Q and A with StormHour Featured Meteorologist – David Spence
David Spence – Calgary, Canada
David has been with CTV Calgary since 1981 and won the Calgary Herald Reader’s Choice award for several years in a row.David loves the outdoors in the summer and spends most weekends at the many terrific campgrounds in southern Alberta
David was recently presented with the Lifetime Achievement Award by the RTDNA (Radio Television Digital News Association). Well done, David!
Question 1. What was your most memorable weather event?
When I was about 8 years old, I was camping in a tent trailer with my parents at the McLean Trans Canada Campground near Regina Saskatchewan. The most terrifying thunderstorm rolled through, with a jet black sky, frequent lightning, large hail. It seemed to go on for hours. Most frightening of all was the wind. We weren’t sure the tent trailer would survive. It did, and so did we. Weather has never frightened me more. The power of summer storms on the Canadian prairies is truly awesome.
Question 2. What is your favourite and least favourite type of weather?
Honestly, my favourite type of weather involves a calm day with bright sunshine, and temperatures in the low 20s C. Such days are fairly rare where I live, so they are cherished. It may be heresy for a meteorologist in Canada to say this, but my least favourite type of weather is snow. Heavy snow, light snow….it doesn’t matter. If I never see another snowflake in my life, I’d be a happy man.
Question 3. If you weren’t a meteorologist what would you most like to be?
I spend a lot of time participating in our education system. I give dozens of weather presentations to Grade 5 classes in Calgary and southern Alberta each year. And, I have participated in many seminars teaching teachers how to teach weather. It is very rewarding work. Over the course of my career, I’ve had the honour of mentoring several people who have gone on to have successful careers in meteorology. That is very gratifying. I have also had a brush with cancer, and have seen first hand the tremendous work done by our medical community. So, if I wasn’t a meteorologist, I could see myself working in education or medicine.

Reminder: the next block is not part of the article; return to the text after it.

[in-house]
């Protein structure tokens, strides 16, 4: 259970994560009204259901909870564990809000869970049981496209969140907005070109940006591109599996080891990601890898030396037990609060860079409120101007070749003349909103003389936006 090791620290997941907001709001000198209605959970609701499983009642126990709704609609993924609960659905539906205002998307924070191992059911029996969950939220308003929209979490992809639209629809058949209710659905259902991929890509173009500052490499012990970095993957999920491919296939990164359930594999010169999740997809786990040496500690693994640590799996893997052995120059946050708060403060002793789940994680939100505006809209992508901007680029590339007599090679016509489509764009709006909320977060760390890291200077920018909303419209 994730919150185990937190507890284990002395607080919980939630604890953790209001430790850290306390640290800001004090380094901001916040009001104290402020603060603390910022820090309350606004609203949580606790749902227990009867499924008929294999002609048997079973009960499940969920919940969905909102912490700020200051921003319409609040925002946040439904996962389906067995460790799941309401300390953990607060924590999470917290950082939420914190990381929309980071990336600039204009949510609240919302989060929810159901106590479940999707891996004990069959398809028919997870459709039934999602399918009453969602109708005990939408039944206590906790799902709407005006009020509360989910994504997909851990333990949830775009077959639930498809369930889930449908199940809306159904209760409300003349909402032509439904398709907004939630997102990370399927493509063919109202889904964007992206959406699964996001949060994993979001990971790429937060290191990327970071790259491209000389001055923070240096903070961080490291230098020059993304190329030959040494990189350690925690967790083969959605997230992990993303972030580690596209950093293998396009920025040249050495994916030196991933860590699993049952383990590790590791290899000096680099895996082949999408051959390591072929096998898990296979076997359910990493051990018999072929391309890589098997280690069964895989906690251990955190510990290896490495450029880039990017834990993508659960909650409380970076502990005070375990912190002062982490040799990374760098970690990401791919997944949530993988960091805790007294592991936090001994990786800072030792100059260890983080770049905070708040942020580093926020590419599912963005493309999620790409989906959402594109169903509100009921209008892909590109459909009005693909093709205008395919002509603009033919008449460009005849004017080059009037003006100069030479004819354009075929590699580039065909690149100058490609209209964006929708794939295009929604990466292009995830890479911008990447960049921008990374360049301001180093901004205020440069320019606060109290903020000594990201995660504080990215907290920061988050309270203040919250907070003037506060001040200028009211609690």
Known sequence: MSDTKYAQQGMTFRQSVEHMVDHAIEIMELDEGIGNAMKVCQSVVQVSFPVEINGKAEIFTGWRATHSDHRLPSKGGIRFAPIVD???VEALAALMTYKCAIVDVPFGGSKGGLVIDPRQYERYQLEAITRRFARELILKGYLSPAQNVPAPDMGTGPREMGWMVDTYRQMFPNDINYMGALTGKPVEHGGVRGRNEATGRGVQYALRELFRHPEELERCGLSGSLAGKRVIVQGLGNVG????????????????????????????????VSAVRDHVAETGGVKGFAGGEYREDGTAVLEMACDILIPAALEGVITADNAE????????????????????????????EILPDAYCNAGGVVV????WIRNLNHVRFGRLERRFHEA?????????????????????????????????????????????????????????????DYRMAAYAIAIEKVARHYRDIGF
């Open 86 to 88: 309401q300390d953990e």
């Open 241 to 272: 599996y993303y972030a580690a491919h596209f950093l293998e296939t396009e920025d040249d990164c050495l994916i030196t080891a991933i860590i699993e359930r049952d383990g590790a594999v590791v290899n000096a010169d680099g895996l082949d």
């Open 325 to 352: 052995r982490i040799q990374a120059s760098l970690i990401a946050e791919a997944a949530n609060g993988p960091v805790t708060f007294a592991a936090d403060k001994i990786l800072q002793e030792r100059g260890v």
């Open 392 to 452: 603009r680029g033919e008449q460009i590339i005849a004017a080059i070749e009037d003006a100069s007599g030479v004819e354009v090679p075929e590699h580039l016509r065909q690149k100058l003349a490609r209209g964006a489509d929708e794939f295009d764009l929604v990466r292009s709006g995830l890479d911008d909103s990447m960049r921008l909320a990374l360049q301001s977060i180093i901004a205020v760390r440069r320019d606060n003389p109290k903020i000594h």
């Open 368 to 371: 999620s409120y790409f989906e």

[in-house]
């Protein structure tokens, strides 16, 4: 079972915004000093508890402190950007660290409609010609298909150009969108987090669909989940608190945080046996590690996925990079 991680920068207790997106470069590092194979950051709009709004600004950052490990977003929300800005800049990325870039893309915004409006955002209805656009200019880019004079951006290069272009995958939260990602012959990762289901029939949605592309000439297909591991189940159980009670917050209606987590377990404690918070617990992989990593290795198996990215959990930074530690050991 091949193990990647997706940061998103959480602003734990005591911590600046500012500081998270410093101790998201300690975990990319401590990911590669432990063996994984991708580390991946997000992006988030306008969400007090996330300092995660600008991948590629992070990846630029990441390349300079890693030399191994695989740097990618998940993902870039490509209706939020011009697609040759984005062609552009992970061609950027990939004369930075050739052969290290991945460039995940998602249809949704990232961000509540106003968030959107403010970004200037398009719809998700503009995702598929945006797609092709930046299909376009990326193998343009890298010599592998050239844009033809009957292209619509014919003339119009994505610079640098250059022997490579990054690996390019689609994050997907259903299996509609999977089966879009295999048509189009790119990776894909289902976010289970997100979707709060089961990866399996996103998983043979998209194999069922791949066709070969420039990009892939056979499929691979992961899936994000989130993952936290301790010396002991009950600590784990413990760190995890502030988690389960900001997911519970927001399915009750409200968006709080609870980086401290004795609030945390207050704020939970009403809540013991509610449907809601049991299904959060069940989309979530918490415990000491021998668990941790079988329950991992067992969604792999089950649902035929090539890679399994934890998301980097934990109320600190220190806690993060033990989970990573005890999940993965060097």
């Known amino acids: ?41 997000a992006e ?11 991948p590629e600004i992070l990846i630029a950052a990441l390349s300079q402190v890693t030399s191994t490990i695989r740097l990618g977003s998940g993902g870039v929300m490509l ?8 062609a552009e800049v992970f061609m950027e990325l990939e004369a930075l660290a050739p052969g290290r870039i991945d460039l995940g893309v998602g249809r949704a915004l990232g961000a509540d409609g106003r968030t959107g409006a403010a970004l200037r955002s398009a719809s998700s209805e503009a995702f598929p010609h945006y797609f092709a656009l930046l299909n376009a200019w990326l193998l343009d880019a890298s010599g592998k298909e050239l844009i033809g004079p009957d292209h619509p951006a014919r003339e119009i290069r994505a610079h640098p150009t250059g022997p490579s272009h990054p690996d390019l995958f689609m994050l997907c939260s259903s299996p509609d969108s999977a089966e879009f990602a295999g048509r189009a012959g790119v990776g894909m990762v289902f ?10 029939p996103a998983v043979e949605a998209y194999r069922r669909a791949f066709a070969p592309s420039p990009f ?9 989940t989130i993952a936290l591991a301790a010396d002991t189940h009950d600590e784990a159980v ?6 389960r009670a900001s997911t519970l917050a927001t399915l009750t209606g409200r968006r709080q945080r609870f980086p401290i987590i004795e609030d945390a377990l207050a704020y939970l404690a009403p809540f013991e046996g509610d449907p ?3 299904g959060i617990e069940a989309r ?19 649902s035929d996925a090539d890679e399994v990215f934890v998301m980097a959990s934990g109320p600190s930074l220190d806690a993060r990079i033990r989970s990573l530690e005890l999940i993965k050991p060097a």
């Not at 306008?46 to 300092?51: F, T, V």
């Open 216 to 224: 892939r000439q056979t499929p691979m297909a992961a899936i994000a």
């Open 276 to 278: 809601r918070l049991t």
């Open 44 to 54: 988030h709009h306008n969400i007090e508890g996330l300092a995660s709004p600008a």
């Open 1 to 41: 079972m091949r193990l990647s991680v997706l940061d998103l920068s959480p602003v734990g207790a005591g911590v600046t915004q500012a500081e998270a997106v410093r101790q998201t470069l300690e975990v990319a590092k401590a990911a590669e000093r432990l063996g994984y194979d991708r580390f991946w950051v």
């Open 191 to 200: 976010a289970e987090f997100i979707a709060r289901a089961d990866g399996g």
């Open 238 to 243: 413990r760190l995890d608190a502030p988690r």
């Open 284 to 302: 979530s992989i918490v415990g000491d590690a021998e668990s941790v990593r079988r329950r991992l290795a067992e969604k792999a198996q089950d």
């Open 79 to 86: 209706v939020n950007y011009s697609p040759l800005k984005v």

Question 4. From a purely meteorological point of view, where would you most like to live?
From a purely meteorological point of view….I’d stay right here in Calgary. The variety of weather we experience here is tremendous, and forecasting has many challenges. We are adjacent to the Rocky Mountains, so we are subjected to the influences of terrain. Upslope, downslope, forcing, convergence…we get it all, sometimes in the same day! We are at high altitude, so low-based hail-producing thunderstorms are frequent in the summer. Some of the thunderstorms become severe, and develop into tornadoes. Winter can bring bitter cold, punctuated by warm chinook wind coming off the Rockies. Temperatures can go from -30 to +10 C in a very short period of time. And, in the winter, when a moisture-packed vertically stacked Low develops in northern Montana, it will generate upslope conditions in southern Alberta, producing incredible blizzards. It takes a very long time to learn how to forecast weather in this part of the world, and once you learn it, you wouldn’t want to practice this profession anywhere else.
Question 5. Is there anything else you’d like to share?
It truly is a privilege to have a job that has such a huge impact on everyone’s daily lives. And it’s an even greater privilege to be able to enjoy the work as much as I do.
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